If you and your spouse divorce or separate, the court hearing your case will likely establish a child support order. This order directs the parent without primary custody of the child to pay the other parent monetary support. This obligation generally continues until the child either turns 18 years old or graduates from high school.
You may bristle at such an order if one is entered that directs you to pay the other parent money. The name of such orders suggests that they are used to support your child. However, you have no right to demand an accounting for the money you pay.
Moreover, the money you pay pursuant to a child support order is paid to the other parent, not to your child directly.
Child Support Helps Maintain Your Child’s Standard of Living
Child support payments are meant to help the parent with whom your child lives provide for your child’s needs. This includes paying for the child’s physical needs, such as food, shelter, and clothing. The support obligation also addresses incidental costs associated with raising your child, such as school enrollment or activity fees.
Medical expenses that are not covered by insurance may be the subject of a separate court order. For example, if your child needs braces, a separate order may direct that you pay for half of the procedure. Similarly, child support is not typically meant to cover expenses like car payments or family vacations.
Child support is about more than providing basic support so that your child does not starve or go homeless. Courts and legislators alike recognize that stability is key to a child’s healthy development. Sudden changes in the child’s home environment can be disruptive and lead to behavioral and emotional issues in children.
Therefore, a child support order aims to provide the receiving parent with sufficient support to maintain the same standard of living the child would have enjoyed had you and the other parent remained together.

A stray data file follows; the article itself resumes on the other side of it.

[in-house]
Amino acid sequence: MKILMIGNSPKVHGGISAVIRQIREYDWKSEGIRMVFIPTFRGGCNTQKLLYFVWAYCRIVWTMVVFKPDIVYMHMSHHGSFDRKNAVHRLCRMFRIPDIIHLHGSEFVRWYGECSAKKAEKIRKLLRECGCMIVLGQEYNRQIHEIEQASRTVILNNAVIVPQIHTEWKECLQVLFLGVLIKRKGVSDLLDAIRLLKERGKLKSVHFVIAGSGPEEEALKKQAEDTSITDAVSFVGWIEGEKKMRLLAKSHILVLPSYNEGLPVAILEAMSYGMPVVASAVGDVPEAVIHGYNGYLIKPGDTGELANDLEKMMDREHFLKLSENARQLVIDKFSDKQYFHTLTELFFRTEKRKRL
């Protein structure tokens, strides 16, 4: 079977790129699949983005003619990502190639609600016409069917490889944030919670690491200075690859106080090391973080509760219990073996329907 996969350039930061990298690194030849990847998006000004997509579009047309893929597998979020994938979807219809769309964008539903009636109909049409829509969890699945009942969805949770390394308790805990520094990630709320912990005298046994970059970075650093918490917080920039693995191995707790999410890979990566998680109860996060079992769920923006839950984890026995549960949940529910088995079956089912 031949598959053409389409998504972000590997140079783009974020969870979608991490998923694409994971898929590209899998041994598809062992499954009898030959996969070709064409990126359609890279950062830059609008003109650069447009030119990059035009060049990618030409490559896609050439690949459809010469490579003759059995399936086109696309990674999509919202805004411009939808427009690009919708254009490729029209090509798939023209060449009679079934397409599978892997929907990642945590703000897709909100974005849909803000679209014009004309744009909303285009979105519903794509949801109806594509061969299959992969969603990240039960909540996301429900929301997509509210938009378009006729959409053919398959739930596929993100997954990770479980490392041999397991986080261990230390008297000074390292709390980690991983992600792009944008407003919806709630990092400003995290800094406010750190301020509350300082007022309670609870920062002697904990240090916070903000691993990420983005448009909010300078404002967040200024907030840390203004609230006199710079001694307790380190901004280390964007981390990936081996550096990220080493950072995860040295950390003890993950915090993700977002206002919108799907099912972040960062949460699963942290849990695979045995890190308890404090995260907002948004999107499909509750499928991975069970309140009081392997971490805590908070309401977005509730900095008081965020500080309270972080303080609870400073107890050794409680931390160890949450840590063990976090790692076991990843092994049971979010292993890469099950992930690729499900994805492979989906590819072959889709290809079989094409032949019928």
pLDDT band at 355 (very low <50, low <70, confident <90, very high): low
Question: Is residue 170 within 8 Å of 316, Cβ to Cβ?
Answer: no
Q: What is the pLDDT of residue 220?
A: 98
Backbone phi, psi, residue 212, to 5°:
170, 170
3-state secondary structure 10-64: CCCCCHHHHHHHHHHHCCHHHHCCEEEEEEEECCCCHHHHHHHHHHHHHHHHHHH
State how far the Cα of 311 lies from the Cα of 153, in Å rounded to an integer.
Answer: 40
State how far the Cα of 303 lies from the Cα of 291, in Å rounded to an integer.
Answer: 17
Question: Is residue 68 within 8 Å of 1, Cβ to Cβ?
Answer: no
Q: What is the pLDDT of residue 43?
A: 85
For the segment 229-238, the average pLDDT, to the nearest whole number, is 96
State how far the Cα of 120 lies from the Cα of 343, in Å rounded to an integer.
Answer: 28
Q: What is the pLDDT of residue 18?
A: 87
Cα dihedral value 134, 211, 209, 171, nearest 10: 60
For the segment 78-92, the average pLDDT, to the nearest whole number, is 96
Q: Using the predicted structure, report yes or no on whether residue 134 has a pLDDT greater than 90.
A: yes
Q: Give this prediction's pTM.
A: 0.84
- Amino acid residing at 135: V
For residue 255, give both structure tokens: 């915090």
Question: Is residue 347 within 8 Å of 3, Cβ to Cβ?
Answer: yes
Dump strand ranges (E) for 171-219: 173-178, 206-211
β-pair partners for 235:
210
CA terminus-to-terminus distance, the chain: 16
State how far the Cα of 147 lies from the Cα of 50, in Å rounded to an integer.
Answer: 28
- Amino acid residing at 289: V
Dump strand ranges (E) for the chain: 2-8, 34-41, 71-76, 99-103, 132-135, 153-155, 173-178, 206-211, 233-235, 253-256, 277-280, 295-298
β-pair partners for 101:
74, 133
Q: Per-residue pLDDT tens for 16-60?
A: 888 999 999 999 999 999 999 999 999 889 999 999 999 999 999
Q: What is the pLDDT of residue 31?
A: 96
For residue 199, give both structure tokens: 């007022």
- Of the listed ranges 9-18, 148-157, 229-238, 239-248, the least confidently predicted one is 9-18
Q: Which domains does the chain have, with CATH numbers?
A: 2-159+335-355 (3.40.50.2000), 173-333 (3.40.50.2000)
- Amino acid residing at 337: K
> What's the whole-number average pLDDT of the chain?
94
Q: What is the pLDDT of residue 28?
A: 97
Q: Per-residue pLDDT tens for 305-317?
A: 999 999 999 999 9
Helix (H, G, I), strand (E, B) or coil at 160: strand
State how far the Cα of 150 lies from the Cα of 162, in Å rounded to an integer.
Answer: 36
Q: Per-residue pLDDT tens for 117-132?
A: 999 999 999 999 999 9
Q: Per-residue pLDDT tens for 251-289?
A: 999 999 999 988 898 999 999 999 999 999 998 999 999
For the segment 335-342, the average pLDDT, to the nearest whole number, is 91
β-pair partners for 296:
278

Supporting Your Child Involves Both Parents
It can be easy to see child support as one parent’s obligation. But both parents have a role to play in supporting the child. When the court goes to set a child support amount, it cannot simply pull a number from thin air.
Instead, the court must examine both parents’ income information. Then, using a legislatively-created formula, the court arrives at a child support figure.
By considering the child’s standard of living based not just on your income but the other parent’s income, the court spreads out the obligation to appropriately support your child between you and the other parent. In other words, both you and the other parent have a part to play in maintaining your child’s standard of living and promoting stability.
What to Do if You Have Concerns About Child Support in Monmouth County, New Jersey
You may develop legitimate concerns about how your child is being cared for in light of your child support obligation. If so, and if you cannot resolve the matter with the other parent informally, you may need to bring the matter before the court.
While a court rarely orders an accounting of how the custodial parent spends their money or orders their financial affairs, the court can consider whether your child’s standard of living has dramatically decreased.
This finding can lead the court to consider whether the child’s best interests continue to be served by residing with the other parent.
Contact an Experienced Red Bank Child Support Attorney at The Law Office of Jennifer J. McCaskill, LLC for Legal Advice
To learn more and get the help you deserve, call our divorce & family law firm in Red Bank. NJ at (732) 747-1882 or contact us online today.
You can also visit our law firm at 157 Broad St #111, Red Bank, NJ 07701.